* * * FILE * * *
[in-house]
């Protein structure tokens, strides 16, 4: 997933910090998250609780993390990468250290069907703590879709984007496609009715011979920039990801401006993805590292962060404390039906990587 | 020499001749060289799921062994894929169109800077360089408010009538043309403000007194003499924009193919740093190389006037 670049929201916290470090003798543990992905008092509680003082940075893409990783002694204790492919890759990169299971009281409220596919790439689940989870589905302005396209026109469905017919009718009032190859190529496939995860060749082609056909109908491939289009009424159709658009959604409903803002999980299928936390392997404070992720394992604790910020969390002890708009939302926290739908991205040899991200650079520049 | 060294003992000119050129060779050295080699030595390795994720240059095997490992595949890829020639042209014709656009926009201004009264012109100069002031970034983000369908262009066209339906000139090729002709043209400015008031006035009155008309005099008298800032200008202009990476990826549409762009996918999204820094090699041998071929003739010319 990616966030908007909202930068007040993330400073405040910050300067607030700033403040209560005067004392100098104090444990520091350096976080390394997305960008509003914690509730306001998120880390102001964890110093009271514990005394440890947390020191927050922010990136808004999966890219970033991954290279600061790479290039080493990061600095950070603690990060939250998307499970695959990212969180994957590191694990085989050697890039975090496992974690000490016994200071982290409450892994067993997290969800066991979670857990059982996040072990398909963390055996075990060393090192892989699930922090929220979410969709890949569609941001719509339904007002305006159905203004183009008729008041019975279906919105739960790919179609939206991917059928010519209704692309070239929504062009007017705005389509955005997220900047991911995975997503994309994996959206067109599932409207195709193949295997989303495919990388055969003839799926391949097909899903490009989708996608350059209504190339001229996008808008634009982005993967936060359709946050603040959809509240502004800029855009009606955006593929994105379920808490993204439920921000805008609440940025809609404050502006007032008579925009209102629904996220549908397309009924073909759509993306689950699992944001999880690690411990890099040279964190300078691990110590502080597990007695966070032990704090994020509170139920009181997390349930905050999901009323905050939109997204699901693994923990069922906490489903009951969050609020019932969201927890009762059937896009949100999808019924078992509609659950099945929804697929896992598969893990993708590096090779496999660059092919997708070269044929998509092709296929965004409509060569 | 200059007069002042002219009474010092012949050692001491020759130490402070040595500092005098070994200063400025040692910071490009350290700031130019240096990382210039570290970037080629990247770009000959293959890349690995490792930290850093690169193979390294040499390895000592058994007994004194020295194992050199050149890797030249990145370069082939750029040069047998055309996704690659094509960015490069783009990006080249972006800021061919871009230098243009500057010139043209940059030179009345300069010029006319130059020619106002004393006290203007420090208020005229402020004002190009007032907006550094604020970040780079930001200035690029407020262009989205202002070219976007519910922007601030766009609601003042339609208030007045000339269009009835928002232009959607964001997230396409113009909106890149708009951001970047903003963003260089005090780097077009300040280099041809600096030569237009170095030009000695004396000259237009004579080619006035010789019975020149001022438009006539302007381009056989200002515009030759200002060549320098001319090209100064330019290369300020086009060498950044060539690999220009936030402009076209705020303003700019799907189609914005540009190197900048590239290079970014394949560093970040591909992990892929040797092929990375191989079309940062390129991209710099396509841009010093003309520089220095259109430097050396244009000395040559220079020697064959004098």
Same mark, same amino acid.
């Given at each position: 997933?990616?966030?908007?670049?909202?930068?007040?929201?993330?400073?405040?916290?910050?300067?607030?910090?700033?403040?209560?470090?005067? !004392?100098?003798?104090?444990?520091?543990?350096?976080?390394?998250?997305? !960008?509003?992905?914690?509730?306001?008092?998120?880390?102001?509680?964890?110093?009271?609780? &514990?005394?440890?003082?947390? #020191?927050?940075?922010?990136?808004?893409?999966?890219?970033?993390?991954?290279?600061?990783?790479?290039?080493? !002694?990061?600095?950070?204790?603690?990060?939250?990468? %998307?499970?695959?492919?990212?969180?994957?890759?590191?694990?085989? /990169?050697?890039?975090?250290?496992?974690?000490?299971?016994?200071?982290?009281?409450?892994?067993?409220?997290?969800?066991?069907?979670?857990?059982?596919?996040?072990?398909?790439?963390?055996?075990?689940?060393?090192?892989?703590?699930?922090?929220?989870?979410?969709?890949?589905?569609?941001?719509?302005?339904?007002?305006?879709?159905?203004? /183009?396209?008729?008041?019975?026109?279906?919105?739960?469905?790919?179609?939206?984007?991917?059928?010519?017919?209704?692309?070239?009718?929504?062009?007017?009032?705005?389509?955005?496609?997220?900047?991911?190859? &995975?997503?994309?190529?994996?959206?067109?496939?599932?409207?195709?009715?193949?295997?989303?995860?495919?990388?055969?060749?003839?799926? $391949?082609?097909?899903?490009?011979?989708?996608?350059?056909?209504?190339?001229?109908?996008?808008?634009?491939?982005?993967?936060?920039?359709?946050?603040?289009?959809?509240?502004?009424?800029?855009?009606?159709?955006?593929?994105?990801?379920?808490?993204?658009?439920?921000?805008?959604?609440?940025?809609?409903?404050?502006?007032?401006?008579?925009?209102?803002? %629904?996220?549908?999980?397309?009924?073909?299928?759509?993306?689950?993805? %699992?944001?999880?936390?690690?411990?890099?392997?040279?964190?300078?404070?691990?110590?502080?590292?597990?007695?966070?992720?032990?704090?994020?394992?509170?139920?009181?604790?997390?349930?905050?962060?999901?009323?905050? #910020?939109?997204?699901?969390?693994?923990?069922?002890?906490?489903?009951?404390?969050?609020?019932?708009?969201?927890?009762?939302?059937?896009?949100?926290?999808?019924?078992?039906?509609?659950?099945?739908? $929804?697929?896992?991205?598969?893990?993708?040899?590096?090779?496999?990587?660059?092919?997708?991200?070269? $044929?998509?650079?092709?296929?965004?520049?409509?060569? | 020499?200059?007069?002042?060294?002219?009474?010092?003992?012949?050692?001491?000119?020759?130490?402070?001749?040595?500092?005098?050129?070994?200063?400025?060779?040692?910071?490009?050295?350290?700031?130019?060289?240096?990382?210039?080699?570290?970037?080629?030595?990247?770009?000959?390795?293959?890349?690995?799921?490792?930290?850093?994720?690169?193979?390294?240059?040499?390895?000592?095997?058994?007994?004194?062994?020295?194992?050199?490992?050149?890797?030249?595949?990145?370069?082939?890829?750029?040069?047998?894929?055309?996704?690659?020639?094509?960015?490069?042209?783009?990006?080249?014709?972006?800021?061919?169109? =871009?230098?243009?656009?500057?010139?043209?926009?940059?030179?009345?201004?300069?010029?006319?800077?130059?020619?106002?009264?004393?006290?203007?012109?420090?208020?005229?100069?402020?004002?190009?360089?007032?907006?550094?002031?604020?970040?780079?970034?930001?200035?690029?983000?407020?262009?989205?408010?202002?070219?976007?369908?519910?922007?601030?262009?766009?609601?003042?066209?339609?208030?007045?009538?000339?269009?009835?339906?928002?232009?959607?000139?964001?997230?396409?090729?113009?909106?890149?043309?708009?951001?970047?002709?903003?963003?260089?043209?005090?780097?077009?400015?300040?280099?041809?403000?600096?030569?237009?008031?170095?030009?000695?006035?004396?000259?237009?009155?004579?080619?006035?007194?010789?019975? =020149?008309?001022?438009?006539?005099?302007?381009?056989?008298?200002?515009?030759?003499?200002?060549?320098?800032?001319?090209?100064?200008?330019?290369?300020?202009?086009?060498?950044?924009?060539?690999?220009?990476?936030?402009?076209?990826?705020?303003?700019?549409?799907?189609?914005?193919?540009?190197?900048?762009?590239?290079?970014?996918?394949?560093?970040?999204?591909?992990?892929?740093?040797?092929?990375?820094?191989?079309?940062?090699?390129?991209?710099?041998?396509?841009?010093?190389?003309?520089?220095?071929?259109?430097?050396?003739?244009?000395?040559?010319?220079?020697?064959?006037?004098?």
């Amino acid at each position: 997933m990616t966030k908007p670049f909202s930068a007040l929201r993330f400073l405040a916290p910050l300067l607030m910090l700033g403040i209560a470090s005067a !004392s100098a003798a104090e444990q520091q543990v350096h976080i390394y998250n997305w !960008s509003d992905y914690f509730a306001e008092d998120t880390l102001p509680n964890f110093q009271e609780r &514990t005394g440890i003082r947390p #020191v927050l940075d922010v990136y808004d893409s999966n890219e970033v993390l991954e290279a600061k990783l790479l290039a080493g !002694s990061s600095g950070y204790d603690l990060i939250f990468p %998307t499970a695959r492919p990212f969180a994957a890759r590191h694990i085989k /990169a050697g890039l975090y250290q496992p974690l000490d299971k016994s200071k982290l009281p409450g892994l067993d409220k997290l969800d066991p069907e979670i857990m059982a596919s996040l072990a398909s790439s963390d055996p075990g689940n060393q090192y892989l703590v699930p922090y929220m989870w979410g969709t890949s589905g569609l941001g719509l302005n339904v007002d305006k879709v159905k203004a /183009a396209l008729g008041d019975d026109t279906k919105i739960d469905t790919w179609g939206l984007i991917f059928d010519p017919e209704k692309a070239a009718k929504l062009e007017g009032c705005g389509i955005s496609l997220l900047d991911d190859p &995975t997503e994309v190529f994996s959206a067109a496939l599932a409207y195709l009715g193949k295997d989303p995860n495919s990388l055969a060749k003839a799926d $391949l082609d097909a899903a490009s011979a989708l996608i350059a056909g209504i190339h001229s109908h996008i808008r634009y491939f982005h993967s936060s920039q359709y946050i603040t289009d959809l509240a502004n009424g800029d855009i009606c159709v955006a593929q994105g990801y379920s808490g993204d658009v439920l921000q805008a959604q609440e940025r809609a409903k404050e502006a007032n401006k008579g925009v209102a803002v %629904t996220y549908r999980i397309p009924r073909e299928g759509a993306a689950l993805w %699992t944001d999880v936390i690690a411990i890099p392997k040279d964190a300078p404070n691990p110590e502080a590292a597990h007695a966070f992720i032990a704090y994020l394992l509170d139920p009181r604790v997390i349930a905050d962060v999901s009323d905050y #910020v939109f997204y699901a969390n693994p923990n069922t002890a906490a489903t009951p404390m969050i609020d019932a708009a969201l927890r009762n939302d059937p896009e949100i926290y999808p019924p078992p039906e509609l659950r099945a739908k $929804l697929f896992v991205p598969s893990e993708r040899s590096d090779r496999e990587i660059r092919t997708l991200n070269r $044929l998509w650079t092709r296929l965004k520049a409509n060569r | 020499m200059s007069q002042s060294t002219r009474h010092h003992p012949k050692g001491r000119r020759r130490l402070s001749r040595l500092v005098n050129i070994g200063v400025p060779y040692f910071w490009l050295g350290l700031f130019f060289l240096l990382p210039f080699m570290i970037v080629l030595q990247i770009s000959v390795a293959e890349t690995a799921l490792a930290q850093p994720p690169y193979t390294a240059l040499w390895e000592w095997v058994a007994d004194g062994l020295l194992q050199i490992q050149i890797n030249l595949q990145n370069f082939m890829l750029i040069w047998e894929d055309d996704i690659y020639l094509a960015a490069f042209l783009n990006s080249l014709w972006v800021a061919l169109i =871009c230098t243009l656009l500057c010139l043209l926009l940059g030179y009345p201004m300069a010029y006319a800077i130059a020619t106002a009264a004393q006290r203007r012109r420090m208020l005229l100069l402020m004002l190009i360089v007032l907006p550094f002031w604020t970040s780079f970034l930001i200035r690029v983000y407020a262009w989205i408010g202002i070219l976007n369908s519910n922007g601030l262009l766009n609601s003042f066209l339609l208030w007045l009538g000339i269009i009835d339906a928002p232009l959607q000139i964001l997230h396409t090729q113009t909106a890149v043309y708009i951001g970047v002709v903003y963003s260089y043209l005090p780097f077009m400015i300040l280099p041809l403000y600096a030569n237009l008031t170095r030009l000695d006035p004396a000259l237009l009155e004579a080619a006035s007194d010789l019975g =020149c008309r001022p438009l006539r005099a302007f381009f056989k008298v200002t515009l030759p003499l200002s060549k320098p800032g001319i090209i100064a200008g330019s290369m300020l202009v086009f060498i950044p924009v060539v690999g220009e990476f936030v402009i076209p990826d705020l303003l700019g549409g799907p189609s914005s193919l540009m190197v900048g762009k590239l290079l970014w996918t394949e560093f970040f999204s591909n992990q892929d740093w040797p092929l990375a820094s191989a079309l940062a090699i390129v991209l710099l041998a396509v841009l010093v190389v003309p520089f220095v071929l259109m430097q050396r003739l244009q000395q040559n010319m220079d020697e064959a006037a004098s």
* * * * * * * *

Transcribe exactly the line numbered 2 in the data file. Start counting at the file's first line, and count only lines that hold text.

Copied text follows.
């Protein structure tokens, strides 16, 4: 997933910090998250609780993390990468250290069907703590879709984007496609009715011979920039990801401006993805590292962060404390039906990587 | 020499001749060289799921062994894929169109800077360089408010009538043309403000007194003499924009193919740093190389006037 670049929201916290470090003798543990992905008092509680003082940075893409990783002694204790492919890759990169299971009281409220596919790439689940989870589905302005396209026109469905017919009718009032190859190529496939995860060749082609056909109908491939289009009424159709658009959604409903803002999980299928936390392997404070992720394992604790910020969390002890708009939302926290739908991205040899991200650079520049 | 060294003992000119050129060779050295080699030595390795994720240059095997490992595949890829020639042209014709656009926009201004009264012109100069002031970034983000369908262009066209339906000139090729002709043209400015008031006035009155008309005099008298800032200008202009990476990826549409762009996918999204820094090699041998071929003739010319 990616966030908007909202930068007040993330400073405040910050300067607030700033403040209560005067004392100098104090444990520091350096976080390394997305960008509003914690509730306001998120880390102001964890110093009271514990005394440890947390020191927050922010990136808004999966890219970033991954290279600061790479290039080493990061600095950070603690990060939250998307499970695959990212969180994957590191694990085989050697890039975090496992974690000490016994200071982290409450892994067993997290969800066991979670857990059982996040072990398909963390055996075990060393090192892989699930922090929220979410969709890949569609941001719509339904007002305006159905203004183009008729008041019975279906919105739960790919179609939206991917059928010519209704692309070239929504062009007017705005389509955005997220900047991911995975997503994309994996959206067109599932409207195709193949295997989303495919990388055969003839799926391949097909899903490009989708996608350059209504190339001229996008808008634009982005993967936060359709946050603040959809509240502004800029855009009606955006593929994105379920808490993204439920921000805008609440940025809609404050502006007032008579925009209102629904996220549908397309009924073909759509993306689950699992944001999880690690411990890099040279964190300078691990110590502080597990007695966070032990704090994020509170139920009181997390349930905050999901009323905050939109997204699901693994923990069922906490489903009951969050609020019932969201927890009762059937896009949100999808019924078992509609659950099945929804697929896992598969893990993708590096090779496999660059092919997708070269044929998509092709296929965004409509060569 | 200059007069002042002219009474010092012949050692001491020759130490402070040595500092005098070994200063400025040692910071490009350290700031130019240096990382210039570290970037080629990247770009000959293959890349690995490792930290850093690169193979390294040499390895000592058994007994004194020295194992050199050149890797030249990145370069082939750029040069047998055309996704690659094509960015490069783009990006080249972006800021061919871009230098243009500057010139043209940059030179009345300069010029006319130059020619106002004393006290203007420090208020005229402020004002190009007032907006550094604020970040780079930001200035690029407020262009989205202002070219976007519910922007601030766009609601003042339609208030007045000339269009009835928002232009959607964001997230396409113009909106890149708009951001970047903003963003260089005090780097077009300040280099041809600096030569237009170095030009000695004396000259237009004579080619006035010789019975020149001022438009006539302007381009056989200002515009030759200002060549320098001319090209100064330019290369300020086009060498950044060539690999220009936030402009076209705020303003700019799907189609914005540009190197900048590239290079970014394949560093970040591909992990892929040797092929990375191989079309940062390129991209710099396509841009010093003309520089220095259109430097050396244009000395040559220079020697064959004098």